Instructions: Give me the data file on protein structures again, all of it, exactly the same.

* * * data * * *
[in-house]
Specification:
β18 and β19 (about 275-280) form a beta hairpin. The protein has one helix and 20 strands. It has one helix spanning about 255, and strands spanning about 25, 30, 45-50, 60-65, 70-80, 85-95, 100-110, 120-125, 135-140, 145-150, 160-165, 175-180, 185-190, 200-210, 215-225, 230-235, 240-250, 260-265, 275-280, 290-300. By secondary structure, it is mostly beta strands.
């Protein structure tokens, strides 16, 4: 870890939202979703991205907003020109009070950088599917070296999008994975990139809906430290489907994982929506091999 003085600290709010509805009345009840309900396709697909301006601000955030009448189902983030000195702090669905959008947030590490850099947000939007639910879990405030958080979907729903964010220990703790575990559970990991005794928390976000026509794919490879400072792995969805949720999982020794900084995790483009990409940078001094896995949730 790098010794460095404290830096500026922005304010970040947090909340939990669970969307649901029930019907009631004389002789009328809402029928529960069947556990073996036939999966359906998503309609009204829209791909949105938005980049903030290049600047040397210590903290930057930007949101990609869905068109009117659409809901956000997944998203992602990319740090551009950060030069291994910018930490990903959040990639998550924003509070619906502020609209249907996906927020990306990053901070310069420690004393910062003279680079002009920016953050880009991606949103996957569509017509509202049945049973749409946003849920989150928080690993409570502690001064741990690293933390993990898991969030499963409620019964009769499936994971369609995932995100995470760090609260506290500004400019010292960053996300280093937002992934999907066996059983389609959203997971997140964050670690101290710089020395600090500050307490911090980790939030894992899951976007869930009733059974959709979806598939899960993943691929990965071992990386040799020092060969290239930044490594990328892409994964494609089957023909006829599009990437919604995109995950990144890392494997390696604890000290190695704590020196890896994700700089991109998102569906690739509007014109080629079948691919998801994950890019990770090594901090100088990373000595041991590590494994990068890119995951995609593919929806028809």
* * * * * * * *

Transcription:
[in-house]
Specification:
β18 and β19 (about 275-280) form a beta hairpin. The protein has one helix and 20 strands. It has one helix spanning about 255, and strands spanning about 25, 30, 45-50, 60-65, 70-80, 85-95, 100-110, 120-125, 135-140, 145-150, 160-165, 175-180, 185-190, 200-210, 215-225, 230-235, 240-250, 260-265, 275-280, 290-300. By secondary structure, it is mostly beta strands.
């Protein structure tokens, strides 16, 4: 870890939202979703991205907003020109009070950088599917070296999008994975990139809906430290489907994982929506091999 003085600290709010509805009345009840309900396709697909301006601000955030009448189902983030000195702090669905959008947030590490850099947000939007639910879990405030958080979907729903964010220990703790575990559970990991005794928390976000026509794919490879400072792995969805949720999982020794900084995790483009990409940078001094896995949730 790098010794460095404290830096500026922005304010970040947090909340939990669970969307649901029930019907009631004389002789009328809402029928529960069947556990073996036939999966359906998503309609009204829209791909949105938005980049903030290049600047040397210590903290930057930007949101990609869905068109009117659409809901956000997944998203992602990319740090551009950060030069291994910018930490990903959040990639998550924003509070619906502020609209249907996906927020990306990053901070310069420690004393910062003279680079002009920016953050880009991606949103996957569509017509509202049945049973749409946003849920989150928080690993409570502690001064741990690293933390993990898991969030499963409620019964009769499936994971369609995932995100995470760090609260506290500004400019010292960053996300280093937002992934999907066996059983389609959203997971997140964050670690101290710089020395600090500050307490911090980790939030894992899951976007869930009733059974959709979806598939899960993943691929990965071992990386040799020092060969290239930044490594990328892409994964494609089957023909006829599009990437919604995109995950990144890392494997390696604890000290190695704590020196890896994700700089991109998102569906690739509007014109080629079948691919998801994950890019990770090594901090100088990373000595041991590590494994990068890119995951995609593919929806028809």